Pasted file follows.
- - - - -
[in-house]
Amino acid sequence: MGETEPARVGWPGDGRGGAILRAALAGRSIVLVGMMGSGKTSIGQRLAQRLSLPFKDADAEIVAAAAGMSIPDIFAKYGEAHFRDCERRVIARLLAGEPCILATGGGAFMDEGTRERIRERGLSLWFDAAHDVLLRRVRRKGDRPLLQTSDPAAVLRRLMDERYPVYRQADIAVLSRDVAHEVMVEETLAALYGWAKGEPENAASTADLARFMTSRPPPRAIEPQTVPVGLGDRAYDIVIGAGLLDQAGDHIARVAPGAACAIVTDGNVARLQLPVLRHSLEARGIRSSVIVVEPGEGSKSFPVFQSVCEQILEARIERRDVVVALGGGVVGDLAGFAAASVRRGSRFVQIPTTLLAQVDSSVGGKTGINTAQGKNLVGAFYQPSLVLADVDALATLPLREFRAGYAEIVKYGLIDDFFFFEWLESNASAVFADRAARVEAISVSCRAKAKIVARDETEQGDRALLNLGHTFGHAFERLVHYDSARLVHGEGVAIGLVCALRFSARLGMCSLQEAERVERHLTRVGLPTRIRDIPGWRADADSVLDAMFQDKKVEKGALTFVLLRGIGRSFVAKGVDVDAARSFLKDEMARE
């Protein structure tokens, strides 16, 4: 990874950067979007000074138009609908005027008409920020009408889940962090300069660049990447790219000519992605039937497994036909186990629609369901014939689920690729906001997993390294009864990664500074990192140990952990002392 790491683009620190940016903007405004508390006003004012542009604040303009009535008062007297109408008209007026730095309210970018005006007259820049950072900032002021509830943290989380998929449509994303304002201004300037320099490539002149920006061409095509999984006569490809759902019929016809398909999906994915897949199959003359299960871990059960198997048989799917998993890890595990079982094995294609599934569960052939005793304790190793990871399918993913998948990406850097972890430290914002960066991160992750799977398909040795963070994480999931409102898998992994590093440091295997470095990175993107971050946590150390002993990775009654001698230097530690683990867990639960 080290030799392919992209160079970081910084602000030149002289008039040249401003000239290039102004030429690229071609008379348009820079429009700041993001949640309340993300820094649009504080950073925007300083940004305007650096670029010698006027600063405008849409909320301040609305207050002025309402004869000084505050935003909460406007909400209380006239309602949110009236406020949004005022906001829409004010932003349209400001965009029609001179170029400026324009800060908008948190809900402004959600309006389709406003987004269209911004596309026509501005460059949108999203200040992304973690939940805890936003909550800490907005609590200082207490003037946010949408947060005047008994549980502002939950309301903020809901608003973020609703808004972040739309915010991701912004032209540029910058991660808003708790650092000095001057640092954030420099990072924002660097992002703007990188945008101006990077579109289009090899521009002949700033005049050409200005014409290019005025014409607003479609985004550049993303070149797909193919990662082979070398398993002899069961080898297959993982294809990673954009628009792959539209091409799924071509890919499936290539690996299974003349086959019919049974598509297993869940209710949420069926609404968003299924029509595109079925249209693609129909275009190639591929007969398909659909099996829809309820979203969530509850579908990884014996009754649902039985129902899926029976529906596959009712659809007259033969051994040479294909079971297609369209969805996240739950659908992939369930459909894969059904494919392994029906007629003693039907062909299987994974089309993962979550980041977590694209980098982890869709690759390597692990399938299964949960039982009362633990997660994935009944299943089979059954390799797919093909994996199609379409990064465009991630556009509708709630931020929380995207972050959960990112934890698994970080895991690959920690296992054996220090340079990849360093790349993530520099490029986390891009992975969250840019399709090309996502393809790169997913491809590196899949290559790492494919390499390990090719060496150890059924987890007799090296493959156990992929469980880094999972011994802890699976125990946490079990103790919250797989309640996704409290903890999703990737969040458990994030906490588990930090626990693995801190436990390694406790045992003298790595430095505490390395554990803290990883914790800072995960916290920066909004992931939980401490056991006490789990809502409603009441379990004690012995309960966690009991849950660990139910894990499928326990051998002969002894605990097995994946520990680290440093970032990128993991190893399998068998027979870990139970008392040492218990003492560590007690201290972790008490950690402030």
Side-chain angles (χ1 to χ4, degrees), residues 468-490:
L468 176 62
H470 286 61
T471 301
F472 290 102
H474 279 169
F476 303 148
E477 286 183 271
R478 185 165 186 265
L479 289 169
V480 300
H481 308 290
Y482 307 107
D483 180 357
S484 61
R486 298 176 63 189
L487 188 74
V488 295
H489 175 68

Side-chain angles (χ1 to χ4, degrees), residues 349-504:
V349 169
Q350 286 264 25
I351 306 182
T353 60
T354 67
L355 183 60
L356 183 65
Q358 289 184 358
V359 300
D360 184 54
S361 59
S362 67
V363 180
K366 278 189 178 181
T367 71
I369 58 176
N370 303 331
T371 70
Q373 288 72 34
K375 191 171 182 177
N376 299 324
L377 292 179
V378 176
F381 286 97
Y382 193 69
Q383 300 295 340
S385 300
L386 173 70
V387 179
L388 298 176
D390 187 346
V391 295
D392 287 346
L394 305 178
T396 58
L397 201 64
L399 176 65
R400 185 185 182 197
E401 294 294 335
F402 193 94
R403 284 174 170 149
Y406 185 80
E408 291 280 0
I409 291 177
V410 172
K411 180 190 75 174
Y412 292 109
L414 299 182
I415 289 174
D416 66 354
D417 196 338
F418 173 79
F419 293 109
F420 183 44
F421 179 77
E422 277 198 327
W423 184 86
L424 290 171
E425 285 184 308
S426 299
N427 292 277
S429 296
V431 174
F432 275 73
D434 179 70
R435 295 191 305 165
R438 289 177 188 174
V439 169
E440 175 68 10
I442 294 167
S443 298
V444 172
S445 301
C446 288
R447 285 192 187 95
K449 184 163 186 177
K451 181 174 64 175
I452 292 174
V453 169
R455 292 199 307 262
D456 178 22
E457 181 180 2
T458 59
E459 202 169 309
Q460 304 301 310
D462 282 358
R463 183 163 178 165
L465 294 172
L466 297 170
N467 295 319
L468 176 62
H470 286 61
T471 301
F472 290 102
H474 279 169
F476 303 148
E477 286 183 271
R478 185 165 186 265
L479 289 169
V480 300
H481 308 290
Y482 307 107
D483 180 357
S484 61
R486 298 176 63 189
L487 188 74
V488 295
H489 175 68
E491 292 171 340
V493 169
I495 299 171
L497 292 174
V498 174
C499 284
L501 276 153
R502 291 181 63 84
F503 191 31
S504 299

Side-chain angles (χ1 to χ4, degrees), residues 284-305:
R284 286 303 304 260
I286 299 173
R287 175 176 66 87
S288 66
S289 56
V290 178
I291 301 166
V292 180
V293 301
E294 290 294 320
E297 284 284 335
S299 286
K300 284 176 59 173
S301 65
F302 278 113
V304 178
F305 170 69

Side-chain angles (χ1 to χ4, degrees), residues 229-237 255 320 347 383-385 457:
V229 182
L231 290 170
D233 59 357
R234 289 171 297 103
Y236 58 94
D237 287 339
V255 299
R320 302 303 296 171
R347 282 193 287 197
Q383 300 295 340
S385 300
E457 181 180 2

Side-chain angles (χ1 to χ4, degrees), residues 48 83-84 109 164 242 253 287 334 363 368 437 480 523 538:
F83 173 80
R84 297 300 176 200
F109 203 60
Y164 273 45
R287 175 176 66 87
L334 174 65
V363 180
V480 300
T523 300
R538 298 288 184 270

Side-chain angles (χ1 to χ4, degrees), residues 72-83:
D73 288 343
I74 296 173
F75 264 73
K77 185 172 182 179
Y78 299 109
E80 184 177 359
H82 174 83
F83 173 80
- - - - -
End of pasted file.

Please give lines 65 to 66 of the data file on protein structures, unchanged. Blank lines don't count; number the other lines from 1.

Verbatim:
Y406 185 80
E408 291 280 0